A big sign posted right next to the front door warns those with peanut allergies that within they will find peanuts and peanut dust everywhere.
They’re serious. In the grand tradition of ye olde town tavern, there are little pails of peanuts all along the bar and a nice coating of peanut shells strewn across the floor at the Country House.
The bar also acts as the perfect handshake introduction to what this restaurant is about. The place feels like a warm country lodge throughout, thanks to dark wood, dark brick, and a large stone fireplace sporting a boar’s head hunting trophy.
The two flat-screen TVs played hockey and football and the bar was practically standing room only on the Sunday night we visited. For those sidling up to the bar while waiting for a table, try the Country House Red Ale.
Brewed in Chicago by Argus Brewery specifically for Country House, it’s a nice, light sipper, medium bodied, with a dry, malty finish. Once in the dining room, we headed straight into the starters. The Duck Tenders are a very welcome twist on chicken tenders, rolled in almond breading. The duck makes for a richer flavor and the nuttiness in the breading makes for a heartier dish overall. The dipping sauce that accompanies the tenders is an unexpected raspberry BBQ sauce, leading with bright fruit flavor before resolving splendidly into the tang and building heat of BBQ.
Again, twisting the usual expectations of bar bites, the Poblano Poppers are their answer to jalapeño poppers—poblano peppers stuffed with cheese, diced jalapeño, black beans, and roasted corn encased in breading and deep fried. These are bursting with creamy cheese scrumptiousness and the beans and corn combine to create a very zesty southwest’y vibe. Unlike their more conventional counterpart, these poppers don’t rely on the pepper for spiciness. That arrives courtesy of a delicious Siracha Ranch dipping sauce.
For dinner, we couldn’t pass up the opportunity to try the burgers that made them famous. Though they offer seven different types of bread, seven different types of cheese, a variety of toppings, and as many options for sides, the classic County Burger is a half-pound of charbroiled ground chuck with cheese on dark rye bread. This is the burger that’s wound up on scores of readers’ favorites lists including the Chicago Tribune and Daily Herald. The trick here is simple. It’s a big, high quality burger patty and the toasted dark rye adds a crisp, hearty crunch. With lettuce, tomato, and onion, it’s a great burger. We tried both the thick steak fries and the onion rings as a side and either work nicely, though the potato probably pairs a little better with the rich, smoky meat. Hold onto the Siracha Ranch sauce that comes with the Poblano Poppers for dipping the onion rings.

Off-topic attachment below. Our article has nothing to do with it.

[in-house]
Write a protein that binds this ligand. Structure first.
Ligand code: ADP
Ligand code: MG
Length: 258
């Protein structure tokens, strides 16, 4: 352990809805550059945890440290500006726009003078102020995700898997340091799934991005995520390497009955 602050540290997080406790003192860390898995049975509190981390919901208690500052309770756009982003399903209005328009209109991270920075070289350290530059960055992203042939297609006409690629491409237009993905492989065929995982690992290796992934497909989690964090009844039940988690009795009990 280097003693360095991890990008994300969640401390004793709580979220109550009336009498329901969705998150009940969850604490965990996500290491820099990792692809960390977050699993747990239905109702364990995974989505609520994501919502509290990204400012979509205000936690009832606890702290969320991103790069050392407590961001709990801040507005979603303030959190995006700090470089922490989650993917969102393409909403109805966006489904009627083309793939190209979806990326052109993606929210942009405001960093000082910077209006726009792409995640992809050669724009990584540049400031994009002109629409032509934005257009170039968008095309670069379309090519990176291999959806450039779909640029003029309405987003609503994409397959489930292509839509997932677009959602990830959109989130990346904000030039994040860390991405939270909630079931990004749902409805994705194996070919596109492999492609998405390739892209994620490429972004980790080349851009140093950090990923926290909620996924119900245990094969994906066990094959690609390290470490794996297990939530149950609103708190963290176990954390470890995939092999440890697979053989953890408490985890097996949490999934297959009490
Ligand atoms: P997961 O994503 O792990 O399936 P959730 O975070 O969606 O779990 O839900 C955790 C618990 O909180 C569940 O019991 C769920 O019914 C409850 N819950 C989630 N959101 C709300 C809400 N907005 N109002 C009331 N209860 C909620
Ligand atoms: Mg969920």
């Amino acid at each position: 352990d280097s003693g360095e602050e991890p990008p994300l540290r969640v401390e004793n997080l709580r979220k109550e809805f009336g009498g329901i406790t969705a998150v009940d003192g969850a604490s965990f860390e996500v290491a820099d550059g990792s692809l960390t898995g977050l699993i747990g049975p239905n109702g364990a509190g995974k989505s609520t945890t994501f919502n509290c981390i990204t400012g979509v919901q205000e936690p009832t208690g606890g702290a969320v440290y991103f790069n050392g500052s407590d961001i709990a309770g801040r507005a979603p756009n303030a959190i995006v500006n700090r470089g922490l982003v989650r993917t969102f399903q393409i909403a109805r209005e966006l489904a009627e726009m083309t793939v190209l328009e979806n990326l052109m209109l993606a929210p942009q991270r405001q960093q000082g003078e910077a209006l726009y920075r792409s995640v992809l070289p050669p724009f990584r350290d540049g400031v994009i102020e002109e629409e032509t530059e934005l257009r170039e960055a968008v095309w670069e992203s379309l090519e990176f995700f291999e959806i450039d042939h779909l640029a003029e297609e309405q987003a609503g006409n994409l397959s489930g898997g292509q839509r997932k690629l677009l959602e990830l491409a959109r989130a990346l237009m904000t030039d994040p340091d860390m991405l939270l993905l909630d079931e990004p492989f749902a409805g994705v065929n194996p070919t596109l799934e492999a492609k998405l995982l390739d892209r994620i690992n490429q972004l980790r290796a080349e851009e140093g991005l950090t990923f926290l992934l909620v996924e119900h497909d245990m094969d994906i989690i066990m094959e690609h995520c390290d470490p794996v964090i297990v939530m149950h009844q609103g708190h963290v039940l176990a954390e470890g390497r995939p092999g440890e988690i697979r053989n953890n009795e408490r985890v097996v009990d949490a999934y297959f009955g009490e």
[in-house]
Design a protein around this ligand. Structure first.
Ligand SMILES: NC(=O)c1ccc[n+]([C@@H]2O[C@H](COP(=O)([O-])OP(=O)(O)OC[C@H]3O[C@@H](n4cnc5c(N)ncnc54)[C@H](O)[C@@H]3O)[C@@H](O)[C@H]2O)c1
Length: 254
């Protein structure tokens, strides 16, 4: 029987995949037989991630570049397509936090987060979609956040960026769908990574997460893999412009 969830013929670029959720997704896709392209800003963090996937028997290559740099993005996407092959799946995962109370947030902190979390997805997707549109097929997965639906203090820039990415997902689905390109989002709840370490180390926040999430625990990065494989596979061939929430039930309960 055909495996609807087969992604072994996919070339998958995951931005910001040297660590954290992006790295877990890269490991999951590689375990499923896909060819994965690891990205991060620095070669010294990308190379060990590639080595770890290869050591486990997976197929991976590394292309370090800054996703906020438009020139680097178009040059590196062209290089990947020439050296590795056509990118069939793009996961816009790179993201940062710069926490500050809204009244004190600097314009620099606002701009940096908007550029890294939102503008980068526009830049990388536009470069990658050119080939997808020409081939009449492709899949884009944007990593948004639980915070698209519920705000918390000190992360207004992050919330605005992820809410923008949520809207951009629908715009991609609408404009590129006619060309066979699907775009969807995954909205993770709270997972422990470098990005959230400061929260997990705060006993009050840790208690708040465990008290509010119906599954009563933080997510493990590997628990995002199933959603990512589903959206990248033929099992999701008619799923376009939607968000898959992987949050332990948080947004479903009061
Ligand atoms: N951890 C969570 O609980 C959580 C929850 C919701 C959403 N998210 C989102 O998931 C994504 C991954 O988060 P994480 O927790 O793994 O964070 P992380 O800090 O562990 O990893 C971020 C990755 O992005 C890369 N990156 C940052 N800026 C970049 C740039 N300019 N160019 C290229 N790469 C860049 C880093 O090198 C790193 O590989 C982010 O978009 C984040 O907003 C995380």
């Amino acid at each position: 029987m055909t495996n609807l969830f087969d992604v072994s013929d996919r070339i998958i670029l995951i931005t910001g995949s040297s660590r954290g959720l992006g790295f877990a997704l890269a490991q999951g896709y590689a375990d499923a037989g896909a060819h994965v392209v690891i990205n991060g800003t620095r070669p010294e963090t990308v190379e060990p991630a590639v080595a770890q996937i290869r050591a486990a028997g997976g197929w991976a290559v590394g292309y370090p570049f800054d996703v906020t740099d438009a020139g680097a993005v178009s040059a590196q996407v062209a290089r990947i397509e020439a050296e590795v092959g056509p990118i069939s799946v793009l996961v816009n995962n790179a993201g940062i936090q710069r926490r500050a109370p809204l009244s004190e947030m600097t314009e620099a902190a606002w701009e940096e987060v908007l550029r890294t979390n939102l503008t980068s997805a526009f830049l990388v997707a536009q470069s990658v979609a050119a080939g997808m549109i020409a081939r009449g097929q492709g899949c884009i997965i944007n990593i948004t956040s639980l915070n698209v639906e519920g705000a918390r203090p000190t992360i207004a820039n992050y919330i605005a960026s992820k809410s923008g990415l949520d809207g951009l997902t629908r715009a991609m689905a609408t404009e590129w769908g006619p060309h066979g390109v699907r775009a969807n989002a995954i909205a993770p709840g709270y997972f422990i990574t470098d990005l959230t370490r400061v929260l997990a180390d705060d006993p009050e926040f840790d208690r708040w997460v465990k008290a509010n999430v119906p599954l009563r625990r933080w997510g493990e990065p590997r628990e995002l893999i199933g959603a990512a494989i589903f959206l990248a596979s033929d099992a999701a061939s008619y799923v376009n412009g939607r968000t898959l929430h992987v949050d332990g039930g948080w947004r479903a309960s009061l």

The German Wurst Platter brings a bevy of German flavors to the table all on one plate. A trio of grill-mark emblazoned sausages are the savory centerpiece of the plate. Their veal bratwurst is mild and nicely seasoned, the knockwurst is slightly smokier, and the lean Thuringer sausage is the best of the bunch. Warm German potato salad delivers sweetness to the plate with a helping of sauerkraut serving as its tart counterpart. For true synchronicity get a Weihenstephaner in a tall Weiss beer glass and make your own Oktoberfest, no matter the season.
For dessert, they keep it simple. You can either have a slice of New York Cheesecake or a featured dessert, which changes often. We went with the featured dessert, currently Lemon Meringue Pie. The tangy lemon custard and shortbread crust were excellent counterpoints against which to sample a couple of bartender Stanley’s dessert cocktails.
The Stanley Steamer is warm cocktail grounded in the flavor of coffee from Tia Maria, a dark liqueur made with Jamaican coffee beans; Bailey’s Irish Cream; and brandy, topped with whipped cream and a splash of Grand Marnier. It’s a deliriously sweet drink for those who’d prefer their dessert beverage-based. Their other two locations in Geneva and Lisle take reservations, but Country House Clarendon Hills is first-come, first-served. It’s also the location that’s received the most press. Not just for repeatedly ending up on the best burgers lists of many local publications, but because the building has been featured on several shows that investigate the paranormal with titles like Haunted History and Weird Travels, clips of which can be viewed on the Ghost Story tab of their website.
Their legendary ghost girl is only a draw during the month of October, though; it’s their tasty comfort food and cozy atmosphere that’s kept people coming to the Country House for more than 40 years.
The Country House is located at 241 55th Street in Clarendon Hills, 630-325-1444, burgerone.com.